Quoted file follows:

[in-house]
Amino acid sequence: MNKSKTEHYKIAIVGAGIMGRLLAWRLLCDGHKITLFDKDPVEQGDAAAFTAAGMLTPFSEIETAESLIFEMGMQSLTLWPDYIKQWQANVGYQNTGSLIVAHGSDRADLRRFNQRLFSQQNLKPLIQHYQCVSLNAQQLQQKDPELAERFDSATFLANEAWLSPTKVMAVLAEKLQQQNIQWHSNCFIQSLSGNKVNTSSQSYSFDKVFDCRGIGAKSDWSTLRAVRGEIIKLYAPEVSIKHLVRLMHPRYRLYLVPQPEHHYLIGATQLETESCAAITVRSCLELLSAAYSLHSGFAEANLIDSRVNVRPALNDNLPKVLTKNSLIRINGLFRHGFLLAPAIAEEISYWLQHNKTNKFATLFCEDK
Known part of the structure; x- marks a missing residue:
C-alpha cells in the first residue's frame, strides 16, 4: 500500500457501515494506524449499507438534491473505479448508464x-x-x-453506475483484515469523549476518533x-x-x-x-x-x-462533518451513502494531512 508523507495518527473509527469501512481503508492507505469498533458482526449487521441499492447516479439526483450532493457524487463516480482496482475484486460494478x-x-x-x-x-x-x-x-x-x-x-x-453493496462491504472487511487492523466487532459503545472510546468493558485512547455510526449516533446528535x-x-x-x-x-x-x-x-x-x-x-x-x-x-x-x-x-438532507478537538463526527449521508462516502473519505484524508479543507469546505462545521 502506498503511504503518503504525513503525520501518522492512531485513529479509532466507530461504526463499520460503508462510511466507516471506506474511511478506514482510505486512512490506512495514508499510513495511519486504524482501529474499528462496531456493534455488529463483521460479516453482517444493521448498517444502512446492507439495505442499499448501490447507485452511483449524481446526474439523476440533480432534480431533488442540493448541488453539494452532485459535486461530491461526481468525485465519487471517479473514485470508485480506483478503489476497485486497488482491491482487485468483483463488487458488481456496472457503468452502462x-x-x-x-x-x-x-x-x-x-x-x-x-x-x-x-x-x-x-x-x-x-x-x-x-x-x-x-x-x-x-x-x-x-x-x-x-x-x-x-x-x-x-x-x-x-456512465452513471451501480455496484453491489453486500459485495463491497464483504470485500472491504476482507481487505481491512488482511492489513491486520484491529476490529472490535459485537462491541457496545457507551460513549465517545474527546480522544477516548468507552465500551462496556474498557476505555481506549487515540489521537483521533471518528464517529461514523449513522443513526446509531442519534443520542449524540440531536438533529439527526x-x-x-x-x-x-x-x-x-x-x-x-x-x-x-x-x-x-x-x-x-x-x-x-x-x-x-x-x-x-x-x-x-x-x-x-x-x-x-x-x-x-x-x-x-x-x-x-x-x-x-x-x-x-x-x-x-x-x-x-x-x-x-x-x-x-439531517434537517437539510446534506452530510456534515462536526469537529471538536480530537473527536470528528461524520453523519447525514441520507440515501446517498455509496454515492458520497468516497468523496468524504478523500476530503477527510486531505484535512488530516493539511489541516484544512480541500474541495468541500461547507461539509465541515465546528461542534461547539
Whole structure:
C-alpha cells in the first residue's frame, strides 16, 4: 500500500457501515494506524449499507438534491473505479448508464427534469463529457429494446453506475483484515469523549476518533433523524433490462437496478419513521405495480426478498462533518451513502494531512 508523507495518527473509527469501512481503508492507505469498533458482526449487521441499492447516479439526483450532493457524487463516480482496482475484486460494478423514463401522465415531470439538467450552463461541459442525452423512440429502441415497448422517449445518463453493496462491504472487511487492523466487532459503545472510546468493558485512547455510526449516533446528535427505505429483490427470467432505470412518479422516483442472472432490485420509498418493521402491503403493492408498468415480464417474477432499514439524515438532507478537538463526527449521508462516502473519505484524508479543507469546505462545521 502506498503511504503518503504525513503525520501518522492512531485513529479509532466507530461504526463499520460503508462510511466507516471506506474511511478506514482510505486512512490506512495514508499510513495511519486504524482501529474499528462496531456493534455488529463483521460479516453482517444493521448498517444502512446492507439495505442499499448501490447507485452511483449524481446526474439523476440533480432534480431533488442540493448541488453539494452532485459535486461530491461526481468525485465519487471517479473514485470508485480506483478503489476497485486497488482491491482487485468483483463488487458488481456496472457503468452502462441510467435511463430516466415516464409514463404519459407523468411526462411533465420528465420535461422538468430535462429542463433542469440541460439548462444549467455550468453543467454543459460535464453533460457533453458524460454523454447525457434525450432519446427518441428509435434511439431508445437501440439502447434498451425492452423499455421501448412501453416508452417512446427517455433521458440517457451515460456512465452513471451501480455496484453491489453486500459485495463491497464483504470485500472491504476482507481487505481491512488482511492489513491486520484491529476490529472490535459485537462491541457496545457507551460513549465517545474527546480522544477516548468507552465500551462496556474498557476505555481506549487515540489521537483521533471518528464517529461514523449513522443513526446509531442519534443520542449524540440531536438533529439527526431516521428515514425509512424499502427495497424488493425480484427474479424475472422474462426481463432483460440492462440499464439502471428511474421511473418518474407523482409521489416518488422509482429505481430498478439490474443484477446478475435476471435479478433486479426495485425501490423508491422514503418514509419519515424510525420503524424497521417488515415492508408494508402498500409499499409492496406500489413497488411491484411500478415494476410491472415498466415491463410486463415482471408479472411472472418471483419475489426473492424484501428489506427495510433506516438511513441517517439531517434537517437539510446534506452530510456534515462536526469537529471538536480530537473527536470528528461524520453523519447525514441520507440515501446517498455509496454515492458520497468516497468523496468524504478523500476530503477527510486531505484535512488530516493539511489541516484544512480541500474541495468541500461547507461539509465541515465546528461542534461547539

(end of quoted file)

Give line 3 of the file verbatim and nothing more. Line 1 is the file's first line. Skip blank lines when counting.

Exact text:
Known part of the structure; x- marks a missing residue: